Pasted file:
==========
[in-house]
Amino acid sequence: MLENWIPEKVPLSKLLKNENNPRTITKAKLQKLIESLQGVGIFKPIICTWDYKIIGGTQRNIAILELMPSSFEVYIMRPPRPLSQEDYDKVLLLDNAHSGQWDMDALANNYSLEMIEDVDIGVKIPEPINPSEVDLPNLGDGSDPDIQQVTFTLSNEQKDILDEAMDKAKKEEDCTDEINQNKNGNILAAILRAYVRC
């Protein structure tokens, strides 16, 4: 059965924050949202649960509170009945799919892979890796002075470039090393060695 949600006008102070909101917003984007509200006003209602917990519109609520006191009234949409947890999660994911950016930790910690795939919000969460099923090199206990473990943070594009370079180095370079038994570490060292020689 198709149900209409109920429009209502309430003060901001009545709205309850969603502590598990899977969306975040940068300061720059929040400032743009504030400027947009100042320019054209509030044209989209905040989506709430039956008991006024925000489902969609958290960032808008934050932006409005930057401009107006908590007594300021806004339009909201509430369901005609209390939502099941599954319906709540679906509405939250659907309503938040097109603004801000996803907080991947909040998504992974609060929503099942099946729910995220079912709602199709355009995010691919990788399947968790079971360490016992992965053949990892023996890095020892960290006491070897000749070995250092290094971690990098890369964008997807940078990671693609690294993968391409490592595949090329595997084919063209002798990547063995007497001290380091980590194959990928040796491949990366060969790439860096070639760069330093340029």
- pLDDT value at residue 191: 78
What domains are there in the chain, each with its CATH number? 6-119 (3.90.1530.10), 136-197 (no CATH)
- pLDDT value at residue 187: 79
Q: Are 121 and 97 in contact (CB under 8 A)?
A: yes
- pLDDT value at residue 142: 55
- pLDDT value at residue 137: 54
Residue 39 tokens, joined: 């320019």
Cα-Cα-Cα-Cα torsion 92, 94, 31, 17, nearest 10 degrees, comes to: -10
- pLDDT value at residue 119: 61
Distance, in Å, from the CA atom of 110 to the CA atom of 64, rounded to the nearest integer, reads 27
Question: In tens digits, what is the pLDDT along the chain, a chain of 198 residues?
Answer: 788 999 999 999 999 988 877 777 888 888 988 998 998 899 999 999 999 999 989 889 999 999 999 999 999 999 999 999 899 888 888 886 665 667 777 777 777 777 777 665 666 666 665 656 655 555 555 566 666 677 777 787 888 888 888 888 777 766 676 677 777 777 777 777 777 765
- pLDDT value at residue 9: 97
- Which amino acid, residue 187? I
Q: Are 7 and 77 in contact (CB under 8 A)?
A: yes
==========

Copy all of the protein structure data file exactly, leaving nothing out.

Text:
[in-house]
Amino acid sequence: MLENWIPEKVPLSKLLKNENNPRTITKAKLQKLIESLQGVGIFKPIICTWDYKIIGGTQRNIAILELMPSSFEVYIMRPPRPLSQEDYDKVLLLDNAHSGQWDMDALANNYSLEMIEDVDIGVKIPEPINPSEVDLPNLGDGSDPDIQQVTFTLSNEQKDILDEAMDKAKKEEDCTDEINQNKNGNILAAILRAYVRC
């Protein structure tokens, strides 16, 4: 059965924050949202649960509170009945799919892979890796002075470039090393060695 949600006008102070909101917003984007509200006003209602917990519109609520006191009234949409947890999660994911950016930790910690795939919000969460099923090199206990473990943070594009370079180095370079038994570490060292020689 198709149900209409109920429009209502309430003060901001009545709205309850969603502590598990899977969306975040940068300061720059929040400032743009504030400027947009100042320019054209509030044209989209905040989506709430039956008991006024925000489902969609958290960032808008934050932006409005930057401009107006908590007594300021806004339009909201509430369901005609209390939502099941599954319906709540679906509405939250659907309503938040097109603004801000996803907080991947909040998504992974609060929503099942099946729910995220079912709602199709355009995010691919990788399947968790079971360490016992992965053949990892023996890095020892960290006491070897000749070995250092290094971690990098890369964008997807940078990671693609690294993968391409490592595949090329595997084919063209002798990547063995007497001290380091980590194959990928040796491949990366060969790439860096070639760069330093340029």
- pLDDT value at residue 191: 78
What domains are there in the chain, each with its CATH number? 6-119 (3.90.1530.10), 136-197 (no CATH)
- pLDDT value at residue 187: 79
Q: Are 121 and 97 in contact (CB under 8 A)?
A: yes
- pLDDT value at residue 142: 55
- pLDDT value at residue 137: 54
Residue 39 tokens, joined: 């320019």
Cα-Cα-Cα-Cα torsion 92, 94, 31, 17, nearest 10 degrees, comes to: -10
- pLDDT value at residue 119: 61
Distance, in Å, from the CA atom of 110 to the CA atom of 64, rounded to the nearest integer, reads 27
Question: In tens digits, what is the pLDDT along the chain, a chain of 198 residues?
Answer: 788 999 999 999 999 988 877 777 888 888 988 998 998 899 999 999 999 999 989 889 999 999 999 999 999 999 999 999 899 888 888 886 665 667 777 777 777 777 777 665 666 666 665 656 655 555 555 566 666 677 777 787 888 888 888 888 777 766 676 677 777 777 777 777 777 765
- pLDDT value at residue 9: 97
- Which amino acid, residue 187? I
Q: Are 7 and 77 in contact (CB under 8 A)?
A: yes